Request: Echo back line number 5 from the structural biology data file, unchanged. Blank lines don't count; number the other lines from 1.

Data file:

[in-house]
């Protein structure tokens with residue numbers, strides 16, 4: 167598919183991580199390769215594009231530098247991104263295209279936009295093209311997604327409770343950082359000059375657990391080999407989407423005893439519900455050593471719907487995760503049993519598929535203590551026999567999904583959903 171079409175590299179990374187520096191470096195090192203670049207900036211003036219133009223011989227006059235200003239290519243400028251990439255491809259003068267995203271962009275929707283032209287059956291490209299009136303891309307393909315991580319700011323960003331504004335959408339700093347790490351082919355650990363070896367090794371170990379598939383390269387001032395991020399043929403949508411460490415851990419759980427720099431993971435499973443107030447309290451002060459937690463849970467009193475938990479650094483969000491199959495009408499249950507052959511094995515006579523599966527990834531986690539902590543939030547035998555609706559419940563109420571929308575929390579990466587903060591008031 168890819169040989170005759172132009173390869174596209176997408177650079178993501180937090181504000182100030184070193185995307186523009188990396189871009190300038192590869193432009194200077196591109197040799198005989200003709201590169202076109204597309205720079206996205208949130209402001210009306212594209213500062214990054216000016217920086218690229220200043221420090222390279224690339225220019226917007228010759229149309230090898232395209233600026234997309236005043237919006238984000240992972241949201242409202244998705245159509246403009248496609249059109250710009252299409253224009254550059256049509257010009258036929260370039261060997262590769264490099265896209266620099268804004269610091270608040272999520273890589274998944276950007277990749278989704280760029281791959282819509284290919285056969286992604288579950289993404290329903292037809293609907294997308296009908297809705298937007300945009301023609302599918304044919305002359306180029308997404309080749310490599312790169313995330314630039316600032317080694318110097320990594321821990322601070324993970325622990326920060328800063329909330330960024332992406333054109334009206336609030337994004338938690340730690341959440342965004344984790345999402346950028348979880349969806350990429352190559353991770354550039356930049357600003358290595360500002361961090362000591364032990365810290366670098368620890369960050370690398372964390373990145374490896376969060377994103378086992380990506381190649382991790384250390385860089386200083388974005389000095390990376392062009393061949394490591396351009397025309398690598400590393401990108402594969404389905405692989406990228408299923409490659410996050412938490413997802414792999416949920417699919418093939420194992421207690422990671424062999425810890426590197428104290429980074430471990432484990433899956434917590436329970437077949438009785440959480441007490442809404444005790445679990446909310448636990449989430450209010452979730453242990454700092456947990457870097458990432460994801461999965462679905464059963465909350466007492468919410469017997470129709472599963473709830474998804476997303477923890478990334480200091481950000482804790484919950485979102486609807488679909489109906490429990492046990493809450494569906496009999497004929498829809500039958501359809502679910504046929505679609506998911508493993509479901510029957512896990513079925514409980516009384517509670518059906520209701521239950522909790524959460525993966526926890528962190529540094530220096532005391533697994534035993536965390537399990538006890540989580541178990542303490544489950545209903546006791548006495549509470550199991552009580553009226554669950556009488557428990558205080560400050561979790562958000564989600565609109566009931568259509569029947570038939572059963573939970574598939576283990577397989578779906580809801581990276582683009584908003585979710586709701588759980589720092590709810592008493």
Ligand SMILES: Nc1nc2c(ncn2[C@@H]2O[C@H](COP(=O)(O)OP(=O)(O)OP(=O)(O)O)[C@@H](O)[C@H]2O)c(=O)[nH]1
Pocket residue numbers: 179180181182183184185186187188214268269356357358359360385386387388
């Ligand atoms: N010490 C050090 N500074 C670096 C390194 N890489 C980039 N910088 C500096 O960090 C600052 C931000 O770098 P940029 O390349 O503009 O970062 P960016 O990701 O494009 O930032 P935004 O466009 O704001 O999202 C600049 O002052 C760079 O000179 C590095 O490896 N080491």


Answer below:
């Ligand atoms: N010490 C050090 N500074 C670096 C390194 N890489 C980039 N910088 C500096 O960090 C600052 C931000 O770098 P940029 O390349 O503009 O970062 P960016 O990701 O494009 O930032 P935004 O466009 O704001 O999202 C600049 O002052 C760079 O000179 C590095 O490896 N080491």